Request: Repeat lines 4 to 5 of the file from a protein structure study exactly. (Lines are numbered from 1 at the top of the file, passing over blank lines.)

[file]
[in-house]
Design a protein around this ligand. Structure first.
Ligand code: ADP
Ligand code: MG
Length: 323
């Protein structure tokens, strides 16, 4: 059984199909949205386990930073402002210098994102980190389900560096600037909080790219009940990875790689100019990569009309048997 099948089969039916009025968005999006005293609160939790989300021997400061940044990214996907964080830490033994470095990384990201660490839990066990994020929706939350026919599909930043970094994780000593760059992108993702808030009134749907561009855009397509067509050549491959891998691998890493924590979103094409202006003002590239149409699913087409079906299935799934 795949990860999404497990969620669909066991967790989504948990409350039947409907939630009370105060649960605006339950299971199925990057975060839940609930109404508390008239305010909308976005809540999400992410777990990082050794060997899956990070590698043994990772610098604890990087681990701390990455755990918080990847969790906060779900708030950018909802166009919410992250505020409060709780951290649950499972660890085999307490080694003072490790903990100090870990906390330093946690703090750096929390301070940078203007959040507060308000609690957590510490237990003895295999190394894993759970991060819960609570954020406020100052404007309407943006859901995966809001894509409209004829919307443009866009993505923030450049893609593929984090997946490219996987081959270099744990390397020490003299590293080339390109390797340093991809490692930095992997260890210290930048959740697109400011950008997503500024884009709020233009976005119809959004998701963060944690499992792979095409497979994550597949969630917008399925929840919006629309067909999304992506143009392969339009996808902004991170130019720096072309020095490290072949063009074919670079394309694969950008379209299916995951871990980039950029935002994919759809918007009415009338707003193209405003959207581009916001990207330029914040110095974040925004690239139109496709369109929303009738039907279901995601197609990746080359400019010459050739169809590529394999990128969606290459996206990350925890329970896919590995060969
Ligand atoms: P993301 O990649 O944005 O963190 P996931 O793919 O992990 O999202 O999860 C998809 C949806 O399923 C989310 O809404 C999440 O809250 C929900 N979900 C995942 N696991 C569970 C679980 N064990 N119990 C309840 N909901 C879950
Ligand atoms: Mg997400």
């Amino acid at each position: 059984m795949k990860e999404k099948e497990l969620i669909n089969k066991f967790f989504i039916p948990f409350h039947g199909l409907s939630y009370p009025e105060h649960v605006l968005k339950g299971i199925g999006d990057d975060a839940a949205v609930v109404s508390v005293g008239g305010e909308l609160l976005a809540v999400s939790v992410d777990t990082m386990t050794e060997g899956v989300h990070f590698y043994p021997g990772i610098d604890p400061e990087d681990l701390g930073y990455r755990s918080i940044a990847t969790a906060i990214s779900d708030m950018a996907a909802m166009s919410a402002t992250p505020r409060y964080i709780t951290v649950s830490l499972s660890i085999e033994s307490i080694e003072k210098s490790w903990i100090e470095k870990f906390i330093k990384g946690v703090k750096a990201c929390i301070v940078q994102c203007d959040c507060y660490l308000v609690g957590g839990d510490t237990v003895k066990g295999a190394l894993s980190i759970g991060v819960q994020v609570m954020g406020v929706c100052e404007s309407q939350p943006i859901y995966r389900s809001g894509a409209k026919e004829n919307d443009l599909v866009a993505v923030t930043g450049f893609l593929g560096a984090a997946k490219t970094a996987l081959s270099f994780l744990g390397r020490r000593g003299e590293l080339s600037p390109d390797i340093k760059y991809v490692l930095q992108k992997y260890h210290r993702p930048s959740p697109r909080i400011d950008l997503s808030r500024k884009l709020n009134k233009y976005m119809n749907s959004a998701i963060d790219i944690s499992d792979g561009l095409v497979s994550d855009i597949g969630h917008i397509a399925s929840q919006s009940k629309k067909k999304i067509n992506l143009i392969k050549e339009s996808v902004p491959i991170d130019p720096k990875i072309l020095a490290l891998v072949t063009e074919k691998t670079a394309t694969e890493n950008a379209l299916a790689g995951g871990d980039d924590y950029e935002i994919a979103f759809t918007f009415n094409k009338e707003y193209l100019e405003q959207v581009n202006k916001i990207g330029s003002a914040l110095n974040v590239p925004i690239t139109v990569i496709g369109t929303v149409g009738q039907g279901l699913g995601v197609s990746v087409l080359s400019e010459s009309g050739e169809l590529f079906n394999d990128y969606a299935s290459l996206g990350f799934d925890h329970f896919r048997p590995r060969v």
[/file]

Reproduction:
Ligand code: MG
Length: 323